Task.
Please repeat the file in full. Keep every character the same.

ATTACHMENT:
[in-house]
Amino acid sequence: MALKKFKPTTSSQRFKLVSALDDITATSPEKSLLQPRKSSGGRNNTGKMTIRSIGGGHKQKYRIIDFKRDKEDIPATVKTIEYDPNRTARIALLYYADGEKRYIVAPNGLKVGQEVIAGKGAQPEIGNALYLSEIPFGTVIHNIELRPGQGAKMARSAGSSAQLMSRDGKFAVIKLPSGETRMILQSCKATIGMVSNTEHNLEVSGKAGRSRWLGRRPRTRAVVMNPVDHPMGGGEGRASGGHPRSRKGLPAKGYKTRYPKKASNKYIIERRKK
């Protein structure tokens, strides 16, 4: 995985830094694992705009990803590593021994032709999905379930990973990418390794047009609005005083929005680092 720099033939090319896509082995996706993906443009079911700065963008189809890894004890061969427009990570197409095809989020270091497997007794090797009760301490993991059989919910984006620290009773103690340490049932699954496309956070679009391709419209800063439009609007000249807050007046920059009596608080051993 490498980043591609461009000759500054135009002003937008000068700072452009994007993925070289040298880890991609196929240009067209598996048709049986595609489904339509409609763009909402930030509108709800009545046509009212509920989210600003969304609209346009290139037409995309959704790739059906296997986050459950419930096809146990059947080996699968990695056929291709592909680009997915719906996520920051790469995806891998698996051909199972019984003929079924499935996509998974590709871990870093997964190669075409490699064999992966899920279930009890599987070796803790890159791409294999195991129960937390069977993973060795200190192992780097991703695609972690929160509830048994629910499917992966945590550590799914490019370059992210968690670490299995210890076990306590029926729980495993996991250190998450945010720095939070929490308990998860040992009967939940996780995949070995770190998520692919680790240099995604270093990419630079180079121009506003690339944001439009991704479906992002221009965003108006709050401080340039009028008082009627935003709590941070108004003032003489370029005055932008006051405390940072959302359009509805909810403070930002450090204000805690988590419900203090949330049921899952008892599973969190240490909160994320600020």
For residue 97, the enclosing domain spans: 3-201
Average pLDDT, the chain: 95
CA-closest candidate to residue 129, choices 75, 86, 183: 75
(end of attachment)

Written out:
[in-house]
Amino acid sequence: MALKKFKPTTSSQRFKLVSALDDITATSPEKSLLQPRKSSGGRNNTGKMTIRSIGGGHKQKYRIIDFKRDKEDIPATVKTIEYDPNRTARIALLYYADGEKRYIVAPNGLKVGQEVIAGKGAQPEIGNALYLSEIPFGTVIHNIELRPGQGAKMARSAGSSAQLMSRDGKFAVIKLPSGETRMILQSCKATIGMVSNTEHNLEVSGKAGRSRWLGRRPRTRAVVMNPVDHPMGGGEGRASGGHPRSRKGLPAKGYKTRYPKKASNKYIIERRKK
């Protein structure tokens, strides 16, 4: 995985830094694992705009990803590593021994032709999905379930990973990418390794047009609005005083929005680092 720099033939090319896509082995996706993906443009079911700065963008189809890894004890061969427009990570197409095809989020270091497997007794090797009760301490993991059989919910984006620290009773103690340490049932699954496309956070679009391709419209800063439009609007000249807050007046920059009596608080051993 490498980043591609461009000759500054135009002003937008000068700072452009994007993925070289040298880890991609196929240009067209598996048709049986595609489904339509409609763009909402930030509108709800009545046509009212509920989210600003969304609209346009290139037409995309959704790739059906296997986050459950419930096809146990059947080996699968990695056929291709592909680009997915719906996520920051790469995806891998698996051909199972019984003929079924499935996509998974590709871990870093997964190669075409490699064999992966899920279930009890599987070796803790890159791409294999195991129960937390069977993973060795200190192992780097991703695609972690929160509830048994629910499917992966945590550590799914490019370059992210968690670490299995210890076990306590029926729980495993996991250190998450945010720095939070929490308990998860040992009967939940996780995949070995770190998520692919680790240099995604270093990419630079180079121009506003690339944001439009991704479906992002221009965003108006709050401080340039009028008082009627935003709590941070108004003032003489370029005055932008006051405390940072959302359009509805909810403070930002450090204000805690988590419900203090949330049921899952008892599973969190240490909160994320600020």
For residue 97, the enclosing domain spans: 3-201
Average pLDDT, the chain: 95
CA-closest candidate to residue 129, choices 75, 86, 183: 75